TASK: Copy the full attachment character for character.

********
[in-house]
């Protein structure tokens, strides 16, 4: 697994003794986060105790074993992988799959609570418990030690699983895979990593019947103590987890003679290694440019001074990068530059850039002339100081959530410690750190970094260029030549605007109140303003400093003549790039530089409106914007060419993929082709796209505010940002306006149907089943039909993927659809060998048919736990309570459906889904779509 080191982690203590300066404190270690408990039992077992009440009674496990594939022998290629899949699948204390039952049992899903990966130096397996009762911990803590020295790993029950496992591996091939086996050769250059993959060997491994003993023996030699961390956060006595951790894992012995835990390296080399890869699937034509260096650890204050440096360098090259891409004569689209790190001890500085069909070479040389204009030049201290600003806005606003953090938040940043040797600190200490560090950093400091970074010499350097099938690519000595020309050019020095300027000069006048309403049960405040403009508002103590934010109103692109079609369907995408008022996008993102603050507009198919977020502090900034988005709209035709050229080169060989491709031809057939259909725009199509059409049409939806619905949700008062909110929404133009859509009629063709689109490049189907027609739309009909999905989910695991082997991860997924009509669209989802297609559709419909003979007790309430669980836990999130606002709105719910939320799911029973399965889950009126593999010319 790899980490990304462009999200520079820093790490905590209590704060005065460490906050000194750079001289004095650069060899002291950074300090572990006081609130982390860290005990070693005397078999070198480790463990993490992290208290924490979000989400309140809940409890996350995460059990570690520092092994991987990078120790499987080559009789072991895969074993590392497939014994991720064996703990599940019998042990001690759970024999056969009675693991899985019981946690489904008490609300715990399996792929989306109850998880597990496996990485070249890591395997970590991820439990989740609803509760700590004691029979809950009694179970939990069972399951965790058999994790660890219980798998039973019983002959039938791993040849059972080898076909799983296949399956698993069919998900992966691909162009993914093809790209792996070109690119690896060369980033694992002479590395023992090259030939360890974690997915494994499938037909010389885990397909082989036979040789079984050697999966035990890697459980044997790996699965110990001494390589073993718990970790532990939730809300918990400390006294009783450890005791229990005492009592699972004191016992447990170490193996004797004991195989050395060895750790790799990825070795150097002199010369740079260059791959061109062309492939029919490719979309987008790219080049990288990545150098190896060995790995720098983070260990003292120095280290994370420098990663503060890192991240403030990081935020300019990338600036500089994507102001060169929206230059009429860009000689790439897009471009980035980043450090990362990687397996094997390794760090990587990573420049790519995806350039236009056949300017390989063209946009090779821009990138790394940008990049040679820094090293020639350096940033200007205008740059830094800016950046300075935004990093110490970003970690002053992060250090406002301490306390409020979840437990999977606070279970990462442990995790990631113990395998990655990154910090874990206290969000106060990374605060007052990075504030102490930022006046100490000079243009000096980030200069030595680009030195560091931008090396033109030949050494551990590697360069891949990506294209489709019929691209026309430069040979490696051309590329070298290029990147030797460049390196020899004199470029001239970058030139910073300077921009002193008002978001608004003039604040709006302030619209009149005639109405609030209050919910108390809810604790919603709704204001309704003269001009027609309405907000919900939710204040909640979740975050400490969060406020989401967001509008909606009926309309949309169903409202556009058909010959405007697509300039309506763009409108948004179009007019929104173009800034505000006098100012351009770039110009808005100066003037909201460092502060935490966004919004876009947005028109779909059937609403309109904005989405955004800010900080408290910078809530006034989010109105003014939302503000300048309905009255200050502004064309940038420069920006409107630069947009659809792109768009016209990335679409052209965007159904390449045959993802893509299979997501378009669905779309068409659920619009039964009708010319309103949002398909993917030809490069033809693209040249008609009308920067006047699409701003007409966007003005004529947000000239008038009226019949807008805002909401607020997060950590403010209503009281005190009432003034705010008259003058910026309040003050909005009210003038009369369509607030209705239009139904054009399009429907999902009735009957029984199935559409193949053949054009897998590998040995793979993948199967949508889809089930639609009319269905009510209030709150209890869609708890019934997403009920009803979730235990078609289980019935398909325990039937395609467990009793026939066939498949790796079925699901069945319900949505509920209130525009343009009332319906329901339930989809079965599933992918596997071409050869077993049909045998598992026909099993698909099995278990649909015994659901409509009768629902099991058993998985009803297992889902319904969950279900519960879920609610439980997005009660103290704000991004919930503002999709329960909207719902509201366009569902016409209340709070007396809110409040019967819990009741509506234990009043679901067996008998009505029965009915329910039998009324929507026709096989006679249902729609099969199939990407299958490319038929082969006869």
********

[in-house]
């Protein structure tokens, strides 16, 4: 697994003794986060105790074993992988799959609570418990030690699983895979990593019947103590987890003679290694440019001074990068530059850039002339100081959530410690750190970094260029030549605007109140303003400093003549790039530089409106914007060419993929082709796209505010940002306006149907089943039909993927659809060998048919736990309570459906889904779509 080191982690203590300066404190270690408990039992077992009440009674496990594939022998290629899949699948204390039952049992899903990966130096397996009762911990803590020295790993029950496992591996091939086996050769250059993959060997491994003993023996030699961390956060006595951790894992012995835990390296080399890869699937034509260096650890204050440096360098090259891409004569689209790190001890500085069909070479040389204009030049201290600003806005606003953090938040940043040797600190200490560090950093400091970074010499350097099938690519000595020309050019020095300027000069006048309403049960405040403009508002103590934010109103692109079609369907995408008022996008993102603050507009198919977020502090900034988005709209035709050229080169060989491709031809057939259909725009199509059409049409939806619905949700008062909110929404133009859509009629063709689109490049189907027609739309009909999905989910695991082997991860997924009509669209989802297609559709419909003979007790309430669980836990999130606002709105719910939320799911029973399965889950009126593999010319 790899980490990304462009999200520079820093790490905590209590704060005065460490906050000194750079001289004095650069060899002291950074300090572990006081609130982390860290005990070693005397078999070198480790463990993490992290208290924490979000989400309140809940409890996350995460059990570690520092092994991987990078120790499987080559009789072991895969074993590392497939014994991720064996703990599940019998042990001690759970024999056969009675693991899985019981946690489904008490609300715990399996792929989306109850998880597990496996990485070249890591395997970590991820439990989740609803509760700590004691029979809950009694179970939990069972399951965790058999994790660890219980798998039973019983002959039938791993040849059972080898076909799983296949399956698993069919998900992966691909162009993914093809790209792996070109690119690896060369980033694992002479590395023992090259030939360890974690997915494994499938037909010389885990397909082989036979040789079984050697999966035990890697459980044997790996699965110990001494390589073993718990970790532990939730809300918990400390006294009783450890005791229990005492009592699972004191016992447990170490193996004797004991195989050395060895750790790799990825070795150097002199010369740079260059791959061109062309492939029919490719979309987008790219080049990288990545150098190896060995790995720098983070260990003292120095280290994370420098990663503060890192991240403030990081935020300019990338600036500089994507102001060169929206230059009429860009000689790439897009471009980035980043450090990362990687397996094997390794760090990587990573420049790519995806350039236009056949300017390989063209946009090779821009990138790394940008990049040679820094090293020639350096940033200007205008740059830094800016950046300075935004990093110490970003970690002053992060250090406002301490306390409020979840437990999977606070279970990462442990995790990631113990395998990655990154910090874990206290969000106060990374605060007052990075504030102490930022006046100490000079243009000096980030200069030595680009030195560091931008090396033109030949050494551990590697360069891949990506294209489709019929691209026309430069040979490696051309590329070298290029990147030797460049390196020899004199470029001239970058030139910073300077921009002193008002978001608004003039604040709006302030619209009149005639109405609030209050919910108390809810604790919603709704204001309704003269001009027609309405907000919900939710204040909640979740975050400490969060406020989401967001509008909606009926309309949309169903409202556009058909010959405007697509300039309506763009409108948004179009007019929104173009800034505000006098100012351009770039110009808005100066003037909201460092502060935490966004919004876009947005028109779909059937609403309109904005989405955004800010900080408290910078809530006034989010109105003014939302503000300048309905009255200050502004064309940038420069920006409107630069947009659809792109768009016209990335679409052209965007159904390449045959993802893509299979997501378009669905779309068409659920619009039964009708010319309103949002398909993917030809490069033809693209040249008609009308920067006047699409701003007409966007003005004529947000000239008038009226019949807008805002909401607020997060950590403010209503009281005190009432003034705010008259003058910026309040003050909005009210003038009369369509607030209705239009139904054009399009429907999902009735009957029984199935559409193949053949054009897998590998040995793979993948199967949508889809089930639609009319269905009510209030709150209890869609708890019934997403009920009803979730235990078609289980019935398909325990039937395609467990009793026939066939498949790796079925699901069945319900949505509920209130525009343009009332319906329901339930989809079965599933992918596997071409050869077993049909045998598992026909099993698909099995278990649909015994659901409509009768629902099991058993998985009803297992889902319904969950279900519960879920609610439980997005009660103290704000991004919930503002999709329960909207719902509201366009569902016409209340709070007396809110409040019967819990009741509506234990009043679901067996008998009505029965009915329910039998009324929507026709096989006679249902729609099969199939990407299958490319038929082969006869």